If you want to cook your own beans ahead of time, you can get a bit more info in this NY Times article by Melissa Clark. It covers different cooking methods and types of beans.
I’m using a combination of cannellini and borlotti beans. Also known as white kidney beans and cranberry beans. You can use just one of these two varieties or a different one completely. I love a combination for a slight variety in texture and taste.
If you don’t have beans on hand, not even canned beans, you could use frozen green beans. They’re a bit less traditional, but still a fantastic choice.
How to store
Keep leftover soup in the refrigerator and eat it within two days. Alternately, you can portion it into freezer-safe containers and freeze it for up to 3 months (for best flavor, although it can last longer).
Thaw it in the refrigerator overnight. Warm it up in a pot on the stove, set over medium heat. If the soup is too thick because the potatoes soaked up all the liquid, add some vegetable broth and bring it to a simmer. Then adjust the seasonings as needed and serve.
More vegetable soup recipes
- Easy butternut squash soup with Gruyere croutons (A smoky, sweet squash bisque that is so comforting and delicious, even without any cream! And homemade croutons to top it off.)
- Winter green soup (My cruciferous vegetable soup that takes the best winter has to offer and makes a creamy, filling soup.)
- Potato sauerkraut stew (Another vegetarian take on a Slovenian classic.)
- Creamy broccoli soup (With homemade semolina dumplings.)
Hearty vegetable barley soup
- 1 cup (195 g) pearl barley
- 3 tablespoons olive oil
- 1 medium onion, finely chopped
- 1 tablespoon tomato paste
- 3 cloves garlic, grated or minced
- 2 large carrots, halved and sliced into disks
- 1 medium leek, trimmed and thinly sliced
- 1 celery rib , finely chopped
- 1 bunch parsley, finely chopped
- 1.2 pounds (550 g) potatoes, peeled and diced
- 1 can (400 g) diced tomatoes
- 3 cups (720 ml) vegetable stock
- 1 can (400 g) cannellini beans, rinsed
- 1 teaspoon fine sea salt, more to taste
- pepper, to taste
- Place barley in a sieve and rinse it thoroughly under water. Transfer it to a bowl, cover with 2 cups (480ml) of water and let soak for 30 minutes. Meanwhile prepare all the vegetables.
- In a large pot heat olive oil over medium-high heat. Add onions and cook until tender (takes a few minutes, some browning is okay). Stir in tomato paste and let it cook for 1 minute. Toss in the carrots, leeks, and celery. Cook until leeks are softened, then add the garlic, potatoes and parsley. Stir the vegetables a few times and cook for about a minute, until the garlic is aromatic.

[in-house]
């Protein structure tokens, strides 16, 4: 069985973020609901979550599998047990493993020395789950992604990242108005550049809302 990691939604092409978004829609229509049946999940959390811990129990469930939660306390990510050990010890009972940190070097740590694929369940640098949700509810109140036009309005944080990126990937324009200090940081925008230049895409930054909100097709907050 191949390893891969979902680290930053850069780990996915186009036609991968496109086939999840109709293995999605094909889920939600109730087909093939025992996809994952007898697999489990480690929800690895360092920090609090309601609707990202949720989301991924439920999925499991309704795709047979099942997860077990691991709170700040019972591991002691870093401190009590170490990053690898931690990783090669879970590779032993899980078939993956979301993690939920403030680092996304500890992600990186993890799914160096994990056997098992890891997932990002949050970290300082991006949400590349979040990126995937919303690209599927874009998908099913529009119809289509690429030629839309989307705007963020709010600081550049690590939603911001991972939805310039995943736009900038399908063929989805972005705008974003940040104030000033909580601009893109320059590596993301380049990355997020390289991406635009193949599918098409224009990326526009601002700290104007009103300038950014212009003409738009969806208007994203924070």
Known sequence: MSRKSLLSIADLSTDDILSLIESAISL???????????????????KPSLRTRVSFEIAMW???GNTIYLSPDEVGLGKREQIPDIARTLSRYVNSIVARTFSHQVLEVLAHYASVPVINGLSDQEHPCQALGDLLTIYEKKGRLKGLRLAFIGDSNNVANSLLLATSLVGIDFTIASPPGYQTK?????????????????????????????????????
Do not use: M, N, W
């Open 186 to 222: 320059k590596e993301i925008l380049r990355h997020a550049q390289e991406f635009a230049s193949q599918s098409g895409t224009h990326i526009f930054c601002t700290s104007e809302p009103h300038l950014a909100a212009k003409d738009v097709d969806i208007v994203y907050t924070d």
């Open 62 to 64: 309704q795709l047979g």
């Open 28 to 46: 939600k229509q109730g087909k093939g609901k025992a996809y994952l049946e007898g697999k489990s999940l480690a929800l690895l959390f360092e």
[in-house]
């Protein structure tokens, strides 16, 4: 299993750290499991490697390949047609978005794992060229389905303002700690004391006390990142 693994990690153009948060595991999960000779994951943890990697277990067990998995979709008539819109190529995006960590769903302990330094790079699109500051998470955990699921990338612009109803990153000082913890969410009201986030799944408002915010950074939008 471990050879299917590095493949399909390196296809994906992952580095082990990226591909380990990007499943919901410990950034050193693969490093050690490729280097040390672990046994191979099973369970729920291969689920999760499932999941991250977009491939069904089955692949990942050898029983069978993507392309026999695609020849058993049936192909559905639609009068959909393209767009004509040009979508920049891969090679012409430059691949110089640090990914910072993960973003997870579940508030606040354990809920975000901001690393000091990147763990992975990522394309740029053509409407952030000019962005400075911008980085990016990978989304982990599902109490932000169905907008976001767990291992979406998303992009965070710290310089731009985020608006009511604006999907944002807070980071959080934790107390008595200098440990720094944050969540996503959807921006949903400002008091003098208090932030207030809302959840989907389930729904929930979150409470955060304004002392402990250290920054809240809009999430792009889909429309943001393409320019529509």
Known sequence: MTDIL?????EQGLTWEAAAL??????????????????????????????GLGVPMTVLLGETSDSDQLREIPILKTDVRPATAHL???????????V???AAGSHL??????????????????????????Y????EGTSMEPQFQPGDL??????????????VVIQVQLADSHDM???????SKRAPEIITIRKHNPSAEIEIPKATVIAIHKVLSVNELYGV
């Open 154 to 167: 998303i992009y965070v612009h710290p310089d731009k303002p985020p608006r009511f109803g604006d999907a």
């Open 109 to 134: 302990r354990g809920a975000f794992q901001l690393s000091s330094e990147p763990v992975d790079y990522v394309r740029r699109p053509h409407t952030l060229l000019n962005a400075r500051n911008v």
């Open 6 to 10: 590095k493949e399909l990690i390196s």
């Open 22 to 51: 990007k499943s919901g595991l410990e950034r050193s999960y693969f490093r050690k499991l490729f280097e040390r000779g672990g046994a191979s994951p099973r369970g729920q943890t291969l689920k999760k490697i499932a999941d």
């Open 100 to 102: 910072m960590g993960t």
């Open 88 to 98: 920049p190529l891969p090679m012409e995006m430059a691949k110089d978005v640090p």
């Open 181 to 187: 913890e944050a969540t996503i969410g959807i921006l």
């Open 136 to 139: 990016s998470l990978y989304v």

- Add the soaked barley along with the water, diced tomatoes and 3 cups vegetable stock. Stir until evenly distributed and make sure all potatoes are submerged. Bring to a boil, then lower the heat to medium and cook covered for about 40-50 minutes, until the potatoes are soft and barley tender.
- Stir soup occasionally as it cooks and check to see if it’s simmering.
- Turn off the heat and fold in the beans. Taste to see if the soup needs more salt or pepper. Add more vegetable stock if it's to thick for your liking. Sprinkle with some parsley (optional) and serve.Store leftover soup in the refrigerator for up to 2 days or freeze it for up to 3 months.
- Both the can of tomatoes and beans are standard size 14.5 oz or 400g cans.
- I like a mix of beans (white and Borlotti for example), but use whatever you have on hand. Borlotti beans are also known as cranberry beans.
- Instead of using canned beans, you can cook beans at home. Personally, I would cook beans separately and not with the soup, because the beans will probably need more cooking time, even when soaked overnight.
- If the soup is too thick for your liking simply add more water or stock in the end and put it back on the stove just until it starts to simmer.
- If you’ve added too much water or stock and want to thicken the soup, let it cook over low heat until some of the liquid cooks down and thickens.
Recipe was first published in April of 2016, completely revised in February 2021, last updated on December 8, 2023.